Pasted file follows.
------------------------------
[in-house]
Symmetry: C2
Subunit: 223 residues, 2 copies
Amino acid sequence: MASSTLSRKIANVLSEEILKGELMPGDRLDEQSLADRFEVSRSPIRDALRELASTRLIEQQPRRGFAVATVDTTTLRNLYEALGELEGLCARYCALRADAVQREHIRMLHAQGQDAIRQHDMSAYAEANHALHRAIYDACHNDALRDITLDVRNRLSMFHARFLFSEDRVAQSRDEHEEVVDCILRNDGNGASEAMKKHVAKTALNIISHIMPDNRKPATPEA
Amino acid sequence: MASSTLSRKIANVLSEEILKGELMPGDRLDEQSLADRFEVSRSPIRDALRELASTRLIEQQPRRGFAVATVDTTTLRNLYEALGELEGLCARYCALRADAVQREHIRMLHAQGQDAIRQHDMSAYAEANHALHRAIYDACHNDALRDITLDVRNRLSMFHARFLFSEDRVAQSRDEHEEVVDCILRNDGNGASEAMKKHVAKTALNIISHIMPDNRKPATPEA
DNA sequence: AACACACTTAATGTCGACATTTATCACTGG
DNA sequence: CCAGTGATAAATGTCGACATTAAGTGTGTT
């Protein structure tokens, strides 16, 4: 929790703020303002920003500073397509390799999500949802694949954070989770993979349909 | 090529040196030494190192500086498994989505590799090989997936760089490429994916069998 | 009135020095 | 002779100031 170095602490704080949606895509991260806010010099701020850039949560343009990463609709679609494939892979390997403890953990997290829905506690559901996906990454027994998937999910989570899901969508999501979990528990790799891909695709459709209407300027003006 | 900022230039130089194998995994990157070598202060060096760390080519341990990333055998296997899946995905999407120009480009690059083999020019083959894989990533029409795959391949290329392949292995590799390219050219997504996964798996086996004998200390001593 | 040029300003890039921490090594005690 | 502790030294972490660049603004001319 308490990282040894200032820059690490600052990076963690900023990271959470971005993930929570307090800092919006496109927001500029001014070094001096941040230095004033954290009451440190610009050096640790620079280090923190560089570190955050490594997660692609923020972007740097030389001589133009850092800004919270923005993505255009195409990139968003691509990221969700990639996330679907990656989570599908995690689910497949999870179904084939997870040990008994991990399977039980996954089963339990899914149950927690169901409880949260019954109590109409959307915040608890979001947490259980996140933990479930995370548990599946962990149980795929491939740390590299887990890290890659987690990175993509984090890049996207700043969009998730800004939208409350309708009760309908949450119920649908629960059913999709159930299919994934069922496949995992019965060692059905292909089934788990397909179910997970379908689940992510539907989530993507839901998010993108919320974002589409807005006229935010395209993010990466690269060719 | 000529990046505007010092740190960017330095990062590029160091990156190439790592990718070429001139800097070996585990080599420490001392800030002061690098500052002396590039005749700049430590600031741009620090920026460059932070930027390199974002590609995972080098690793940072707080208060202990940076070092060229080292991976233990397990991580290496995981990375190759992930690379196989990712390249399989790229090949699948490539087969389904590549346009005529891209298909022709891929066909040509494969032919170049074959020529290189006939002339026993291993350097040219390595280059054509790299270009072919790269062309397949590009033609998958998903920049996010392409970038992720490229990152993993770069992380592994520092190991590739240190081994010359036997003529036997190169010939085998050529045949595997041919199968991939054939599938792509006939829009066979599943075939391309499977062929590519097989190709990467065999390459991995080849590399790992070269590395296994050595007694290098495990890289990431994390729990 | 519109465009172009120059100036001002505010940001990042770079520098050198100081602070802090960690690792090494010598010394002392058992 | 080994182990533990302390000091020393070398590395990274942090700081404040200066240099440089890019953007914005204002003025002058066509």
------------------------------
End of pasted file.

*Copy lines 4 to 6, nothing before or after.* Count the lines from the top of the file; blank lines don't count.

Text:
Amino acid sequence: MASSTLSRKIANVLSEEILKGELMPGDRLDEQSLADRFEVSRSPIRDALRELASTRLIEQQPRRGFAVATVDTTTLRNLYEALGELEGLCARYCALRADAVQREHIRMLHAQGQDAIRQHDMSAYAEANHALHRAIYDACHNDALRDITLDVRNRLSMFHARFLFSEDRVAQSRDEHEEVVDCILRNDGNGASEAMKKHVAKTALNIISHIMPDNRKPATPEA
Amino acid sequence: MASSTLSRKIANVLSEEILKGELMPGDRLDEQSLADRFEVSRSPIRDALRELASTRLIEQQPRRGFAVATVDTTTLRNLYEALGELEGLCARYCALRADAVQREHIRMLHAQGQDAIRQHDMSAYAEANHALHRAIYDACHNDALRDITLDVRNRLSMFHARFLFSEDRVAQSRDEHEEVVDCILRNDGNGASEAMKKHVAKTALNIISHIMPDNRKPATPEA
DNA sequence: AACACACTTAATGTCGACATTTATCACTGG